5 min read

Good Fats vs. Bad Fats: An Explanation of Key Differences

Not too long ago, people used to think if you consumed fats, you’d become fat.

When did this idea come into existence? We don’t know. 

Why are fats widely misunderstood from a nutritional standpoint? We couldn’t tell you.

And why is the word “fat” harmfully tossed around as an insult? It’s plain rude, and again, we’re not quite sure.

What we can tell you is that it’s time to set the record straight on fats, because while some of them aren’t so great, others are potent macronutrients that your body needs to function and thrive. 

Fats—like plenty of other things in life—can be good or bad; you just need to learn the differences and gravitate toward the good.

Listing the good fats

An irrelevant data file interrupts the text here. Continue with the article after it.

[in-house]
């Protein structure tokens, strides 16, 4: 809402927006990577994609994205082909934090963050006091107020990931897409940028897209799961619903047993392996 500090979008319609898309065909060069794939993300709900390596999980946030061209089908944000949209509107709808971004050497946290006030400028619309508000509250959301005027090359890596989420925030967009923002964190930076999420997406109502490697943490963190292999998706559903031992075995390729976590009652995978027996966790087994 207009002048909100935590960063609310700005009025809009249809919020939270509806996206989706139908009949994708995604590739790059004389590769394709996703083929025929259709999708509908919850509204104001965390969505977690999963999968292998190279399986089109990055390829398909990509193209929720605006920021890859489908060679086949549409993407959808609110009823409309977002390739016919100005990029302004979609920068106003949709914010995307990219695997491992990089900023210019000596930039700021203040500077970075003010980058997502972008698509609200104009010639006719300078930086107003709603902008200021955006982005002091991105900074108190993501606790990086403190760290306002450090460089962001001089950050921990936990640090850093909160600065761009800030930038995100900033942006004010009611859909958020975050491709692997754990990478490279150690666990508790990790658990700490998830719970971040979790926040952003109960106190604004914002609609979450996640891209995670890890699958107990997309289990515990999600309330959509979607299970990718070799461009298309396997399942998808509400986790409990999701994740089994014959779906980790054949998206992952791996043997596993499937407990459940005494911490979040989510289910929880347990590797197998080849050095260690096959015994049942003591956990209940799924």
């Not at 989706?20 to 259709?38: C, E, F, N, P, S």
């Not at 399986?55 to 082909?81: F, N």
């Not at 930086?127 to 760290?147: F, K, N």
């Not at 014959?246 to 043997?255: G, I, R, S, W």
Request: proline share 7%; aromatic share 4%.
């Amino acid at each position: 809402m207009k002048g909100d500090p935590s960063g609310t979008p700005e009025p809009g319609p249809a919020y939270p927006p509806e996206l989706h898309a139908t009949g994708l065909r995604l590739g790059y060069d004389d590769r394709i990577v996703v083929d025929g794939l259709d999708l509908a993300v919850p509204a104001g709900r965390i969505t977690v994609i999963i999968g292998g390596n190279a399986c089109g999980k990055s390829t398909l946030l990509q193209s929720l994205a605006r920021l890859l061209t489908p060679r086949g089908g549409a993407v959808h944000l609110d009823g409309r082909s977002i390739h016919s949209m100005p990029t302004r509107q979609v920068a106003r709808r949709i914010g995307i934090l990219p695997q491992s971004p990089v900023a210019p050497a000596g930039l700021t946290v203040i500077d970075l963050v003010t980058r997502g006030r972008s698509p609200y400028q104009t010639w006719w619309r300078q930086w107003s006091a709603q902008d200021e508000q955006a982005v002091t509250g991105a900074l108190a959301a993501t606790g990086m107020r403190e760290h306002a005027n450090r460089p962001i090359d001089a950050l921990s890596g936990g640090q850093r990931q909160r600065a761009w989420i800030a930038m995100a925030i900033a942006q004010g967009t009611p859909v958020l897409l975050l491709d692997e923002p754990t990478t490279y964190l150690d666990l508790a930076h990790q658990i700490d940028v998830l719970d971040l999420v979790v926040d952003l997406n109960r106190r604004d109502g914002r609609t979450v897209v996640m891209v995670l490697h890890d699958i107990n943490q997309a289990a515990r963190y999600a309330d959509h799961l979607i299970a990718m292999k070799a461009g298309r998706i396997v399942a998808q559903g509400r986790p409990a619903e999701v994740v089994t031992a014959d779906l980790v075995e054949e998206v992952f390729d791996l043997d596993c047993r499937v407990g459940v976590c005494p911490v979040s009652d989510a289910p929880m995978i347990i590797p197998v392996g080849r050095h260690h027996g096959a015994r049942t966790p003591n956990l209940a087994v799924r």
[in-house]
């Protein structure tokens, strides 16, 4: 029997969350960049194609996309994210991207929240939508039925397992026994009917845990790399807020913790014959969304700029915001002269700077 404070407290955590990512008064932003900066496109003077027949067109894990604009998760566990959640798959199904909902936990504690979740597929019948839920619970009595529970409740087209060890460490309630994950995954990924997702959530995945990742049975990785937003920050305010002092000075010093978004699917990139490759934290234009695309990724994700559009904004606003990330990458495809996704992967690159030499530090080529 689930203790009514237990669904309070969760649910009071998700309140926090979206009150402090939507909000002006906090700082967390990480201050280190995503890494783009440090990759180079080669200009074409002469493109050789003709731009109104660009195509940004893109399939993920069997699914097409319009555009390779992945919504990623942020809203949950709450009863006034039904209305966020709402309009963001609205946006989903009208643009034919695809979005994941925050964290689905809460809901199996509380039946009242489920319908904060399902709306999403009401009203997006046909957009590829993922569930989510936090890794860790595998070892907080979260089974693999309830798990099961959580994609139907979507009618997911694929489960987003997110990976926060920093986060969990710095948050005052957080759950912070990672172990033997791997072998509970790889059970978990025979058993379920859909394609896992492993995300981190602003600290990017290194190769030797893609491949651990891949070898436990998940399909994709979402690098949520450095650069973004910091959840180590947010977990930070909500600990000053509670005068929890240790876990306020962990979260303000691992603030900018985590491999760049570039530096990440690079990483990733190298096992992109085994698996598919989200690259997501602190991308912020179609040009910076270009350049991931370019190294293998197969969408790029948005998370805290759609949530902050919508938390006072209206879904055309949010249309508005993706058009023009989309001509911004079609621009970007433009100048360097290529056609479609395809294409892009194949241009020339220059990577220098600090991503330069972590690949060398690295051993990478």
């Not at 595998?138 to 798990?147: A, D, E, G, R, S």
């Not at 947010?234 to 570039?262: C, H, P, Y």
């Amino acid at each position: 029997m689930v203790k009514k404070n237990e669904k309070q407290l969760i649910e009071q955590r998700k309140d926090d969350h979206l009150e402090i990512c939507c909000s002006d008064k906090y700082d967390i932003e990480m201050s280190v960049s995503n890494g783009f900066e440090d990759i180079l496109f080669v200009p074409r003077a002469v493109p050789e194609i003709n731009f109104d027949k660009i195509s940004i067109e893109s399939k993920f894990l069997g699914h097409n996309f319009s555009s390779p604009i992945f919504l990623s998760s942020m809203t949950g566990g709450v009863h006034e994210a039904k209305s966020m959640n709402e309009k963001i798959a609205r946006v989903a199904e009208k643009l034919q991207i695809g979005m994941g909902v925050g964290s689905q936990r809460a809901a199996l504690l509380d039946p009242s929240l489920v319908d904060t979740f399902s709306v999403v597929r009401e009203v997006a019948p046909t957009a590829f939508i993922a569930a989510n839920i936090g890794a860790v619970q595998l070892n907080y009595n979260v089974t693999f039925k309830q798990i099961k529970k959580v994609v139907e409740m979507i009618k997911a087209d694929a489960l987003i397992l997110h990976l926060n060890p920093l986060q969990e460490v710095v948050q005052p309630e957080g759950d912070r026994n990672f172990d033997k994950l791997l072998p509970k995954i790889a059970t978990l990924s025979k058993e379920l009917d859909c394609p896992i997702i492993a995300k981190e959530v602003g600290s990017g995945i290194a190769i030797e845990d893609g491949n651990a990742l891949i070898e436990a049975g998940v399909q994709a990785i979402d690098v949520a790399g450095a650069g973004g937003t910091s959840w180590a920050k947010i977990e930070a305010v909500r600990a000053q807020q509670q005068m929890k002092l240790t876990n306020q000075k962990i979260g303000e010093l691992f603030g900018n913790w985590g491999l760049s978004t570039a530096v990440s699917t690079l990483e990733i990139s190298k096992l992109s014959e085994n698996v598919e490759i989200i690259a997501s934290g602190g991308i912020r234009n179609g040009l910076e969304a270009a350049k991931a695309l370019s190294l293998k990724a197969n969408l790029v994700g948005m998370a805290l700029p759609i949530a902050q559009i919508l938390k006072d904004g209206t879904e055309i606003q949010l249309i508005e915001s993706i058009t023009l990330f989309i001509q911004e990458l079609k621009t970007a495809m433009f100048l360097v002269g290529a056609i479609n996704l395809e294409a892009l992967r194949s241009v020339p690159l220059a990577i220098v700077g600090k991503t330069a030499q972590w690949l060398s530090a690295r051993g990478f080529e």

Image of different tree nuts

We saved the best for first. Yet, listing good fats isn’t so cut and dry. 

There are four types of fats: 

  1. trans fats
  2. saturated fats
  3. monounsaturated fats
  4. polyunsaturated fats

Categorizing them as purely “good” or “bad” becomes tricky. 

Firstly, you should axe trans fats altogether —we’ll talk more about this later. You may be asking, is saturated fat bad too? You should only consume a small portion of saturated fats, as they quickly become harmful in excess.

This leaves you with healthy monounsaturated and polyunsaturated fats. On a molecular level, these fats have fewer hydrogen atoms. On a non-molecular level, these fats are liquid at room temperature, not solid, and that’s how you can tell them apart.

Image of cut open avocado

Mono and polyunsaturated fats are present in foods like fish, vegetables, nuts, and seeds. And yes, avocados are loaded with healthy fats, so go ahead and decorate some avocado toast or dive into a bowl of guacamole.